Side Planking for Scoliosis

Side Planking for Scoliosis

by Dylan Bartley, MSPT, CMP

Researchers at Columbia College of Physicians and Surgeons in New York produced some promising results in the treatment of scoliosis with just one simple exercise: a side plank. This common yoga pose was performed on the convex side of the curve. So if your scoliosis bows out to the right, you should put your right arm down and lift your right hip up off the floor. They offered variations to accommodate varying levels of fitness and different types of curves. The poses were held for as long as possible, once a day, starting at 10-20 seconds.

To measure the success of their intervention, they took x-rays before and afterwards and measured the degree of curvature in their subjects. After 6 months, they found a significant improvement of an average of 41%. They tried to see if there was a difference between younger subjects and older subjects with more degenerative changes and both groups responded well with no significant difference between the two groups.

Scoliosis is a problem of imbalance and asymmetry that tends to progress as we age and can lead to debilitating arthritis and muscle spasm if it goes unchecked. Over the years doctors have tried to stabilize it with complicated surgeries involving rods or uncomfortable braces. Physical therapists have tried to correct it with stretches and strengthening the core and spinal muscles. It would make sense that to treat this problem of asymmetry one would need to attack it with a set of asymmetrical exercises. Unfortunately, there has been little research to back up these hunches until now.

If you are interested in getting an assessment of your spine to see if you have scoliosis or if you’re ready to treat a scoliosis you’ve always known you’ve had, physical therapy is a great place to start. We can set up a custom protocol that would match your current level of fitness and show you how to progress things as you get stronger. Furthermore, structural factors such as a leg length discrepancy or pelvic/sacroiliac dysfunction can be the driving force behind your scoliosis and may be treatable with physical therapy.

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Sham surgery may be better than Menisectomy for Knee Pain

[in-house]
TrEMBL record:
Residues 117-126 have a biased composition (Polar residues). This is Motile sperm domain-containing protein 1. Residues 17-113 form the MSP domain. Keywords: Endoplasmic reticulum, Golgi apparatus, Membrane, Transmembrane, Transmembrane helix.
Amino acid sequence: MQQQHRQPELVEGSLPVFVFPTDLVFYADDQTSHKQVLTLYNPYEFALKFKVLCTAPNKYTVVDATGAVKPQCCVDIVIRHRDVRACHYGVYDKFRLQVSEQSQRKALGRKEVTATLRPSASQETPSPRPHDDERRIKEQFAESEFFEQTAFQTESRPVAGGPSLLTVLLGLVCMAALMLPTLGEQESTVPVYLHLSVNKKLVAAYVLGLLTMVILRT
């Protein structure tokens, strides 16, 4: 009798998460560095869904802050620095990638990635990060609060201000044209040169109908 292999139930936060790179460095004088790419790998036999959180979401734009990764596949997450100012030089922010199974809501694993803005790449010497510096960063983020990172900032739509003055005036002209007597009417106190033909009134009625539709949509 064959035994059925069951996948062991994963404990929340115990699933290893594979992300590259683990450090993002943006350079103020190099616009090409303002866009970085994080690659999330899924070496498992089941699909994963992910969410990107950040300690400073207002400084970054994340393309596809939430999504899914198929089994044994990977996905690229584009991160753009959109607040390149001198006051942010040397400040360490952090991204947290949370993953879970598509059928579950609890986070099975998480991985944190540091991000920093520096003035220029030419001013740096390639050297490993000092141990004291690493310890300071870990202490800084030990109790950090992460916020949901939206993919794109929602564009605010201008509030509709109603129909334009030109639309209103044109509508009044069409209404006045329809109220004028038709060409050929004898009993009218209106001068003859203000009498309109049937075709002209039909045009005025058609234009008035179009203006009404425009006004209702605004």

A partial menisectomy has been one of the most commonly recommended surgeries for people suffering from knee pain. A meniscus tear is likely when there is medial or lateral pain along the joint line, there is pain with twisting, and the knee locks up, gives way or buckles when walking. In December of 2013 a double blinded study from Finland was released in the New England Journal of Medicine that compared a group who had the typical surgery to a group that had a fake surgery where they were arthroscopically probed but the torn meniscus was left as it was. The participants that had the meniscus cleaned up and smoothed out had better results early on, but by 12 months there were no differences between the two groups.

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This suggests that maybe you should give a second thought to whether you go under the knife to fix your knee pain. An earlier study by a different group compared physical therapy to arthroscopic surgery and found no difference at 6 and 12 months between the two groups. These two research studies may be pointing more patients towards physical therapy to deal with their knee injuries. It is more cost effective than the $3,000 to $6,000 sticker price for the menisectomy, and also less traumatic to the body. Of course, surgery will always have its place, especially in cases where the meniscus is flapping over on top of itself or ligaments are also torn.

Physical therapy can reduce swelling and pain, strengthen the muscles around the knee and help you to correct any biomechanical faults that may have been the cause of the damage to the meniscus. This is one of the main reasons that the research studies are finding surgery coming up short: it may clean up the injured tissues for a moment, but more damage is likely to occur if one continues to use their knee in the same way.